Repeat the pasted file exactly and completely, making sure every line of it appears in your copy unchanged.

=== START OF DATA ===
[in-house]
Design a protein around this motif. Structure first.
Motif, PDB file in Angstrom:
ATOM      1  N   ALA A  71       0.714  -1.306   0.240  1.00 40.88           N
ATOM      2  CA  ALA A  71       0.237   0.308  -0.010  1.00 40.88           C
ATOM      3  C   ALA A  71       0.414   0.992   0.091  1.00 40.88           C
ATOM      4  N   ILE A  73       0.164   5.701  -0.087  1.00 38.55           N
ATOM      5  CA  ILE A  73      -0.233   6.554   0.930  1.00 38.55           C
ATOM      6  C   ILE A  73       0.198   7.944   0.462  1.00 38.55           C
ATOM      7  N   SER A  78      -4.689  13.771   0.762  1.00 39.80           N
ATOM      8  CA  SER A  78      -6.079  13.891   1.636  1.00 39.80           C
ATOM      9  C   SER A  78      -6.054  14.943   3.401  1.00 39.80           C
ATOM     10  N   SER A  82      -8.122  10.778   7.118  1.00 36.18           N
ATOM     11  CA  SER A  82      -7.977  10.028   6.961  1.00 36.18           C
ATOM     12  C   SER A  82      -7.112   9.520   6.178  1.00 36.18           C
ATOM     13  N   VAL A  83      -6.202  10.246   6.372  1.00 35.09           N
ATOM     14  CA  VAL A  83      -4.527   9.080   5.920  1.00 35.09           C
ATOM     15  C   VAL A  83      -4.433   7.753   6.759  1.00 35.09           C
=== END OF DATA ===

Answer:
[in-house]
Design a protein around this motif. Structure first.
Motif, PDB file in Angstrom:
ATOM      1  N   ALA A  71       0.714  -1.306   0.240  1.00 40.88           N
ATOM      2  CA  ALA A  71       0.237   0.308  -0.010  1.00 40.88           C
ATOM      3  C   ALA A  71       0.414   0.992   0.091  1.00 40.88           C
ATOM      4  N   ILE A  73       0.164   5.701  -0.087  1.00 38.55           N
ATOM      5  CA  ILE A  73      -0.233   6.554   0.930  1.00 38.55           C
ATOM      6  C   ILE A  73       0.198   7.944   0.462  1.00 38.55           C
ATOM      7  N   SER A  78      -4.689  13.771   0.762  1.00 39.80           N
ATOM      8  CA  SER A  78      -6.079  13.891   1.636  1.00 39.80           C
ATOM      9  C   SER A  78      -6.054  14.943   3.401  1.00 39.80           C
ATOM     10  N   SER A  82      -8.122  10.778   7.118  1.00 36.18           N
ATOM     11  CA  SER A  82      -7.977  10.028   6.961  1.00 36.18           C
ATOM     12  C   SER A  82      -7.112   9.520   6.178  1.00 36.18           C
ATOM     13  N   VAL A  83      -6.202  10.246   6.372  1.00 35.09           N
ATOM     14  CA  VAL A  83      -4.527   9.080   5.920  1.00 35.09           C
ATOM     15  C   VAL A  83      -4.433   7.753   6.759  1.00 35.09           C